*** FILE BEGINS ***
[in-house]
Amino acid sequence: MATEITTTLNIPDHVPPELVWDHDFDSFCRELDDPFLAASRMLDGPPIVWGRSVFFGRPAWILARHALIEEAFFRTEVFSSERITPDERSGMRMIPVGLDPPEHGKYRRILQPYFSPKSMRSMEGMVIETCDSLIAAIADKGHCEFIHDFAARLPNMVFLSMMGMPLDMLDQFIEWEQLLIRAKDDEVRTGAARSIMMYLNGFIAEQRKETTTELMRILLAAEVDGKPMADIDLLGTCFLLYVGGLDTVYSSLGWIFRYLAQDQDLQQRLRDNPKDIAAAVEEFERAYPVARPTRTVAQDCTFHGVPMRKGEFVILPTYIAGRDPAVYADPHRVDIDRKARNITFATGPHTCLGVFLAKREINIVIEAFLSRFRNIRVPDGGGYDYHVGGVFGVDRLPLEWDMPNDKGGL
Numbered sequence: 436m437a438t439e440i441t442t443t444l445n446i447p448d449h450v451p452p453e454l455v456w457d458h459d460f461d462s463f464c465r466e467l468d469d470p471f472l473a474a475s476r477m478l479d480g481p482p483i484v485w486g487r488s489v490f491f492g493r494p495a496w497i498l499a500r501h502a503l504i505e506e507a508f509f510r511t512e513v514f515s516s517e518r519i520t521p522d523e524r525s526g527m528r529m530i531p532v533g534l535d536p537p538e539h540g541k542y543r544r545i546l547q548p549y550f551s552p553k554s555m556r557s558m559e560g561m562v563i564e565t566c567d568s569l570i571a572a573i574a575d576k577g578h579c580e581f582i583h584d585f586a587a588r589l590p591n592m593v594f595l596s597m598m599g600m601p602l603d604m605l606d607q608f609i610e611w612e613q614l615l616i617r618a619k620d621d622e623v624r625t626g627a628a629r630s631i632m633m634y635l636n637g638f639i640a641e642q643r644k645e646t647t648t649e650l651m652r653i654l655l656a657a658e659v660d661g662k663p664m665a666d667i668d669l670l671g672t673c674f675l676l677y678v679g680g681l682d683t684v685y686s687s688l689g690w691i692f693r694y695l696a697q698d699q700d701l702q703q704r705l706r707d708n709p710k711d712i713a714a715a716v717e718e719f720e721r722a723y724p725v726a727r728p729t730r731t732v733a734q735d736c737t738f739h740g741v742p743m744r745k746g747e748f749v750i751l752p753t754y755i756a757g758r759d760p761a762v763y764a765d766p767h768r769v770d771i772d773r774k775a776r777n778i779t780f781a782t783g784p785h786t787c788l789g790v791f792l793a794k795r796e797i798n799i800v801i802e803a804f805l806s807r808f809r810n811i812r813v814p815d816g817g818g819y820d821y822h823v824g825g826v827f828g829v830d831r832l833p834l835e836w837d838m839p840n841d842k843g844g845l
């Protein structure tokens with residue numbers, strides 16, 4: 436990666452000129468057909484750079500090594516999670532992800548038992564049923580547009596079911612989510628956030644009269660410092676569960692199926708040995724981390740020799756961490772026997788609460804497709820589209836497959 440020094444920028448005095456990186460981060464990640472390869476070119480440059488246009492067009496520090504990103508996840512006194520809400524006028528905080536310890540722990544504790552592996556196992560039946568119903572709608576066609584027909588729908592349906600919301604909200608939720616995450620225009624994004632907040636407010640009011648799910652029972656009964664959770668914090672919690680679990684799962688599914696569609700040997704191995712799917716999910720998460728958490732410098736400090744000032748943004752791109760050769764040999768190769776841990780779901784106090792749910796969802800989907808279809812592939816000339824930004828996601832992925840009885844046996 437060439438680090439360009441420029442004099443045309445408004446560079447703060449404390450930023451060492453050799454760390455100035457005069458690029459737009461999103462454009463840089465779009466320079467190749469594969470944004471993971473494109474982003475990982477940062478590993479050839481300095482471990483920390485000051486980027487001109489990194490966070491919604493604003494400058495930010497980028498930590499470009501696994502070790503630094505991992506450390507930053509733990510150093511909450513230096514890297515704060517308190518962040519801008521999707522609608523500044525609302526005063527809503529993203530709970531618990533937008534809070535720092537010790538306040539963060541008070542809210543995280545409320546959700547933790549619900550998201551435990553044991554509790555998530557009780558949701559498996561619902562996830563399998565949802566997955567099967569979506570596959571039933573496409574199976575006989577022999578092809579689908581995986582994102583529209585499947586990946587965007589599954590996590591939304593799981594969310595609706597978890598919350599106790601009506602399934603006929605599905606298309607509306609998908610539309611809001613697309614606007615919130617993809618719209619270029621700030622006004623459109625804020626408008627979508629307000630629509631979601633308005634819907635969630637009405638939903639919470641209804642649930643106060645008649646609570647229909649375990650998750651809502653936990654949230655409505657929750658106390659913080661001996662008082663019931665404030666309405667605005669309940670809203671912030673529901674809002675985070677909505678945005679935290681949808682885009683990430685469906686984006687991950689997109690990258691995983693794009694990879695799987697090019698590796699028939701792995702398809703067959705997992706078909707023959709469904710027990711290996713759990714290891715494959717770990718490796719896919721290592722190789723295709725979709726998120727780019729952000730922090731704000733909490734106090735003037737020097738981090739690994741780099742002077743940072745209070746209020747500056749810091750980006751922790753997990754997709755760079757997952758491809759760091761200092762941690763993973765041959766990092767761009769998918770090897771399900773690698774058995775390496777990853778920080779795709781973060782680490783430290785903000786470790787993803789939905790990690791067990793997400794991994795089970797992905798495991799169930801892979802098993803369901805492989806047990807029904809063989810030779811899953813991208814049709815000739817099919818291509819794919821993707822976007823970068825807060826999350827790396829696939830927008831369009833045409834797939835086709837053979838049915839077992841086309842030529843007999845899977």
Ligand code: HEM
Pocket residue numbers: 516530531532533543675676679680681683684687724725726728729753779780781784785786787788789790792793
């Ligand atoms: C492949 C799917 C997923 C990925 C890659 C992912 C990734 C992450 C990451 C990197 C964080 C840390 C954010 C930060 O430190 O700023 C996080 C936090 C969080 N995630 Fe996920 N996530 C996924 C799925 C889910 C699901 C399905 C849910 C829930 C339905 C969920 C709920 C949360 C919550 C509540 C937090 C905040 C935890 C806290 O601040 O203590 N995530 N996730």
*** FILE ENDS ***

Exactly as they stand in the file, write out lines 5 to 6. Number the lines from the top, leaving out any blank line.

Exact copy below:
Ligand code: HEM
Pocket residue numbers: 516530531532533543675676679680681683684687724725726728729753779780781784785786787788789790792793